It's true that cats are smarter than dogs.

You may have heard the old saying, “Dogs have owners; cats have staff.” There's a lot of truth to that. Cats are generally more independent and less needy than dogs, but it turns out there's a good reason for that. Cats are significantly smarter than dogs. You might even say they're too smart for their own good.

Let's start with something easy: cats can learn to obey commands, just like dogs do. Dogs, though, seem to be more successful at learning to obey commands because they're better at generalizing instructions—they can recognize the “sit” command more easily than a cat would. Cats are also able to use the toilet and use a litter box—but they choose not to do so if they don't feel like it! And while cats can be taught to fetch toys on occasion, they much prefer the idea of being fetching themselves rather than doing any work.

The true genius of felines lies in their ability to think abstractly; this is one area where they truly outshine our canine friends. A cat is capable of planning ahead and carrying out tasks using intelligence instead of instinct alone—and then refusing outright when you ask them nicely!

It takes about 16,000 brain cells to process a single word from a human.

Cats have about 250 million brain cells. To put that in perspective, humans have a whopping 16 billion. Plus, it takes about 16,000 brain cells to process a single word from a human (though if you visit the American Midwest in July, this number will be significantly lower). Let's do some quick math:

  • 250 million brain cells divided by 16,000 = 15,625 words per minute

Given that cats can also hear sounds at frequencies up to 50 kHz (humans can only hear as high as 20 kHz), and their sense of smell is 14 times better than ours (we're more visually driven), it's obvious they are perception junkies who take in loads more information. I'm sure they don't feel stressed while they're processing all of those input signals though—their brains are capable of generating alpha waves at a rate of 25 hertz, which is the same frequency that humans experience during deep meditation.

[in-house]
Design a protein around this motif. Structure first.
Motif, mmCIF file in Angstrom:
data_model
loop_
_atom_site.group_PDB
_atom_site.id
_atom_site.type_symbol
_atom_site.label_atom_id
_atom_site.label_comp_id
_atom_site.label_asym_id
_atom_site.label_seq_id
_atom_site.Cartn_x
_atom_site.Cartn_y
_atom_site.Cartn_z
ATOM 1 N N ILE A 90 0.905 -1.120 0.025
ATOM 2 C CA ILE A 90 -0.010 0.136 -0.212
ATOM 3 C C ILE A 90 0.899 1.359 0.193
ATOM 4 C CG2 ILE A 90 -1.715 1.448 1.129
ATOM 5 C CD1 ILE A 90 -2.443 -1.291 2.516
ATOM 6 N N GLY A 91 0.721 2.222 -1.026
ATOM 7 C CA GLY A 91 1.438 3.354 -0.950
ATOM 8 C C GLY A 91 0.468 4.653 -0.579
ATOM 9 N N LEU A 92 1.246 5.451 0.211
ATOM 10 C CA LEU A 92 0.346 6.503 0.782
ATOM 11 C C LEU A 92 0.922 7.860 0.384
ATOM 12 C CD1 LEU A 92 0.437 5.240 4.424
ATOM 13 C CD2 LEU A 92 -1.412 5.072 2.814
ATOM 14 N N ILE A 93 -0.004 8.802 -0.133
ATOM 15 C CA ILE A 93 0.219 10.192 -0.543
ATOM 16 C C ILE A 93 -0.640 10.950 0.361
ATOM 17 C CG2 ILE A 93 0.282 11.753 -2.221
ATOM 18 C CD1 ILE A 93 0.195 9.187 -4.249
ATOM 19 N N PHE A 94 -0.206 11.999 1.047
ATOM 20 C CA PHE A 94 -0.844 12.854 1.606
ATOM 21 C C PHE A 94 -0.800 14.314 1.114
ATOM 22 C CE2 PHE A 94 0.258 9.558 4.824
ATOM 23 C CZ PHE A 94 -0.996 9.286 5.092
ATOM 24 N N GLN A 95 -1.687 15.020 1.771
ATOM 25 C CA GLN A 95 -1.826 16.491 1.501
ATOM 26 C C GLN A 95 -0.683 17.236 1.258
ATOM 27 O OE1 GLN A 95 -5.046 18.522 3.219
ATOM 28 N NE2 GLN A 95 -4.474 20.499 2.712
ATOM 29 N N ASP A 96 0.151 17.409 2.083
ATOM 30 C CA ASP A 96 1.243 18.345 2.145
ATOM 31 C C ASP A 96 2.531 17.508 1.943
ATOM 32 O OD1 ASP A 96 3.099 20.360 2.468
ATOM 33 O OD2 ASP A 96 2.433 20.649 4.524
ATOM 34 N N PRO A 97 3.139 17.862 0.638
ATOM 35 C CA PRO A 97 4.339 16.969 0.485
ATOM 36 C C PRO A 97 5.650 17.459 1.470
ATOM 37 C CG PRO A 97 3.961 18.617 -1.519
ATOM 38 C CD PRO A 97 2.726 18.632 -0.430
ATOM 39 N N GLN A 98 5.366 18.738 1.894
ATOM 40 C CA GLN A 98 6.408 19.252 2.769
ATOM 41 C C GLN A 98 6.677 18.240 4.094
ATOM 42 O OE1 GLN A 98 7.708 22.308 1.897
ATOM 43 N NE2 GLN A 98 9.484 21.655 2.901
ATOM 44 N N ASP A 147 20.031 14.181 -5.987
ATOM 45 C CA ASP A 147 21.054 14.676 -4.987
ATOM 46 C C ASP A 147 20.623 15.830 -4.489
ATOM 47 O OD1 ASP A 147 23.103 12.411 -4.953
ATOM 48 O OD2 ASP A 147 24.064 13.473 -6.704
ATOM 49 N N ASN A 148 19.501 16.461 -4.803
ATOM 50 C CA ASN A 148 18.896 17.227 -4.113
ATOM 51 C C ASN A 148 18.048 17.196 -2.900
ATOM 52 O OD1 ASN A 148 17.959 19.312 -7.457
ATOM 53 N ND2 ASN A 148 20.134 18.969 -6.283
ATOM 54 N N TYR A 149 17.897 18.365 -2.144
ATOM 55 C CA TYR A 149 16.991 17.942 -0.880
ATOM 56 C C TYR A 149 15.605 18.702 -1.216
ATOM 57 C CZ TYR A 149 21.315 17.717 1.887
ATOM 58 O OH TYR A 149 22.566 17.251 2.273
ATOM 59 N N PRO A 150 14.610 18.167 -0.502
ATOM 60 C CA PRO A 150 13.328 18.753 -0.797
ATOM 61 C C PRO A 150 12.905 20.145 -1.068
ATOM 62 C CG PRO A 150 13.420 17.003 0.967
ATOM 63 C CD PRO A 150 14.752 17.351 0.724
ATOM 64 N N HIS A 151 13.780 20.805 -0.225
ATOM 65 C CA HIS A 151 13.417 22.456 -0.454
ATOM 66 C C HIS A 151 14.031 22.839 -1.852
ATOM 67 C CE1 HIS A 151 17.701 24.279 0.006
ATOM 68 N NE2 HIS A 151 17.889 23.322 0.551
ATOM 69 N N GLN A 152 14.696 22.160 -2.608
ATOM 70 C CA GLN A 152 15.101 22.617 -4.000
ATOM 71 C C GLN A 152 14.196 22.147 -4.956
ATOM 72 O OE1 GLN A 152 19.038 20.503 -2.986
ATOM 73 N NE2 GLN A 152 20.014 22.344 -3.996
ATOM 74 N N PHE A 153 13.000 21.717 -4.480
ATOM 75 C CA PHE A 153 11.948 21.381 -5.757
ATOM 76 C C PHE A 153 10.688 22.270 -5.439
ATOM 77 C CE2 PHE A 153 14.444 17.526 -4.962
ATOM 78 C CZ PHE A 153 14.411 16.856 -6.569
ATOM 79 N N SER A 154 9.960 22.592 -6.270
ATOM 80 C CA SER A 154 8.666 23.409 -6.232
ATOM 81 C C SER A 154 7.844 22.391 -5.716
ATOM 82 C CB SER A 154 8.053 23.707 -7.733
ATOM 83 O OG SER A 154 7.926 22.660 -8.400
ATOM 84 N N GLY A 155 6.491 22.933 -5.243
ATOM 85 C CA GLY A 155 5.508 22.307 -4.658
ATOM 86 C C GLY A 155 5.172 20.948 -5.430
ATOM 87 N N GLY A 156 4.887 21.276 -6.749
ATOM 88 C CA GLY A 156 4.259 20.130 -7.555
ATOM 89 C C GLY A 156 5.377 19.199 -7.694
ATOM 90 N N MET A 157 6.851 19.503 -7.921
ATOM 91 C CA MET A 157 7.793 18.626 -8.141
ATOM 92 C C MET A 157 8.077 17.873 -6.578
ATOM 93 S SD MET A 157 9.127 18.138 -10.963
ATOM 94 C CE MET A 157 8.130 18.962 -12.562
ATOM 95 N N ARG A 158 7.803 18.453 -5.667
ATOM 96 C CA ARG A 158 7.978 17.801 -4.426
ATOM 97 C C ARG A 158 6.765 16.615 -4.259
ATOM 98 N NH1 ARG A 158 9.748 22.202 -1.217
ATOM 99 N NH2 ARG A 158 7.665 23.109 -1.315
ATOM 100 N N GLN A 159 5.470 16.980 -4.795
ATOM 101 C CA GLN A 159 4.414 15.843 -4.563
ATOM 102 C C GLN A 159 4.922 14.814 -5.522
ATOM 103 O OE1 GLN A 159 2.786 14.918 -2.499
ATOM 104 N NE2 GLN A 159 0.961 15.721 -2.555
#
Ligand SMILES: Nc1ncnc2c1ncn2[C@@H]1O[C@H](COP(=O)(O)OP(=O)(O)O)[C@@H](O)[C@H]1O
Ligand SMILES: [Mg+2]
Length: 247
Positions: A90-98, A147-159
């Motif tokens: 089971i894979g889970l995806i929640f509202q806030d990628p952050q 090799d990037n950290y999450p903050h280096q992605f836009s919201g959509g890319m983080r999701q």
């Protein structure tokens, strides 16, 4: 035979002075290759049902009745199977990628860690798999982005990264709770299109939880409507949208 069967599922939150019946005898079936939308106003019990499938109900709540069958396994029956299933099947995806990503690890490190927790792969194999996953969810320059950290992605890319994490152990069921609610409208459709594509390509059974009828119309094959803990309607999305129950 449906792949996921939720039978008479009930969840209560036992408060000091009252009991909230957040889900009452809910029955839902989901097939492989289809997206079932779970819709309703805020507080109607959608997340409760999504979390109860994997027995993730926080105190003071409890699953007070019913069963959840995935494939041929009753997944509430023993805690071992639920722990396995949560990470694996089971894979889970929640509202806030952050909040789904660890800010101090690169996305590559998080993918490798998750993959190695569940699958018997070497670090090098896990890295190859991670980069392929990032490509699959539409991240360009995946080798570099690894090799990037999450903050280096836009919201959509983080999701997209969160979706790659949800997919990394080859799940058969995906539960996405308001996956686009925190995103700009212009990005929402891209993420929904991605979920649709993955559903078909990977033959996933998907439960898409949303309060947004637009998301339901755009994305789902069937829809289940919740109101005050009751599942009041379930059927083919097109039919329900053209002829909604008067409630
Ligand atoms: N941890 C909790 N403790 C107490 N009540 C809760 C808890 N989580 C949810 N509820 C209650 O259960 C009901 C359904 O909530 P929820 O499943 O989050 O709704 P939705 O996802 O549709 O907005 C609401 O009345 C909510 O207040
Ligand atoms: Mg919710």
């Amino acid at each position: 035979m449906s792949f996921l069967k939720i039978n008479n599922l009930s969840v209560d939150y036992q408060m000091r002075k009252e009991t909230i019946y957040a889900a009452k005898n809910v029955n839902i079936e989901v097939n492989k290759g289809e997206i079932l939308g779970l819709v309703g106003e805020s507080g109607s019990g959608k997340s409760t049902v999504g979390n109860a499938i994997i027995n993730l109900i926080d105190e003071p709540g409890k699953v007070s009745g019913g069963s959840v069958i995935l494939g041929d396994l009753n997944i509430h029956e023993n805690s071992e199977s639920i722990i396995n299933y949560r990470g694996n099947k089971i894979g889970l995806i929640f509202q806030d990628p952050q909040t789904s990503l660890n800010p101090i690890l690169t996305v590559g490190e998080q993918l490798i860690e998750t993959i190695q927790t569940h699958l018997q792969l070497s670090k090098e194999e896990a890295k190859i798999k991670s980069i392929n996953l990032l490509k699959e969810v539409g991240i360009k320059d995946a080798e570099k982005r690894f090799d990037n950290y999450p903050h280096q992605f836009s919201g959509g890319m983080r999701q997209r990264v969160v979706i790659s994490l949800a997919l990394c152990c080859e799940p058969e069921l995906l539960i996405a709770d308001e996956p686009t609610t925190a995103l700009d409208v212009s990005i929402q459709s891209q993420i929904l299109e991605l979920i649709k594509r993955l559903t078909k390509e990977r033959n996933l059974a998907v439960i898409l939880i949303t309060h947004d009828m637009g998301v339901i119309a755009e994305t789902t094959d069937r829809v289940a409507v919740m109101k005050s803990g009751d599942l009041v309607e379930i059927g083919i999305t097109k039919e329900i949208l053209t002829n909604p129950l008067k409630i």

When a human sacrifices her own life to save her cat, the cat reciprocates.

When it comes to the domestic cat, we all know they’re adorable and affectionate. But did you know cats can be trained to use litter boxes and toilet seats? They pick up on these habits in a similar way humans learn by observing their mothers. This makes them well-suited for apartment living, especially as more people move into urban environments.

Sometimes, cats are too good for this world. And that's not just because they have special organs in their noses that allow them to detect cancerous cells (a skill scientists have yet to master). Cats have been known to sacrifice themselves for their owners by placing themselves between their owners and an attacker. 

In one case, a heroic kitty named Tara stepped between her human and a dog attacking the girl. Tara distracted the dog with scratches and bites until help arrived, then she was taken away from the scene bleeding from her neck and head.

While there's no way of knowing precisely how they feel about humanity, some experts believe felines may or may not use their paws as mouths when they rub against your face after meeting you for the first time—in other words, licking your hand with their paws is kind of like kissing your hand with their mouth, which might indicate admiration on some level.

Before the invention of photography, cats could only be seen for about ten seconds at a time.

  • Before the invention of photography, cats could only be seen for about ten seconds at a time.

Cat’s eyes are sensitive to light, so they can see in very low-light environments such as dusk or dawn. They can also see six times better than humans in dim light. Cats are also able to detect UV light, which allows them to find things under UV lamps (which is why some cat toys have UV paint on them). While cats cannot see color as well as humans, they do see colors—but not all of them; their eyes have a limited ability to process reds and purples. And while cats can see better than we can at night, they don’t see nearly as well as dogs or many other animals.

Cats can be trained to use litter boxes and toilet seats, perfect for apartment living.

Horses can be trained to pull carriages, elephants can be taught to paint in zoos, and cats can be trained to use the litter box—or even the toilet! These are especially helpful for apartment-dwellers and city folk who don't have yards for their kitties to go out in. Plus, you'll save on litter over time if your cat is using the toilet!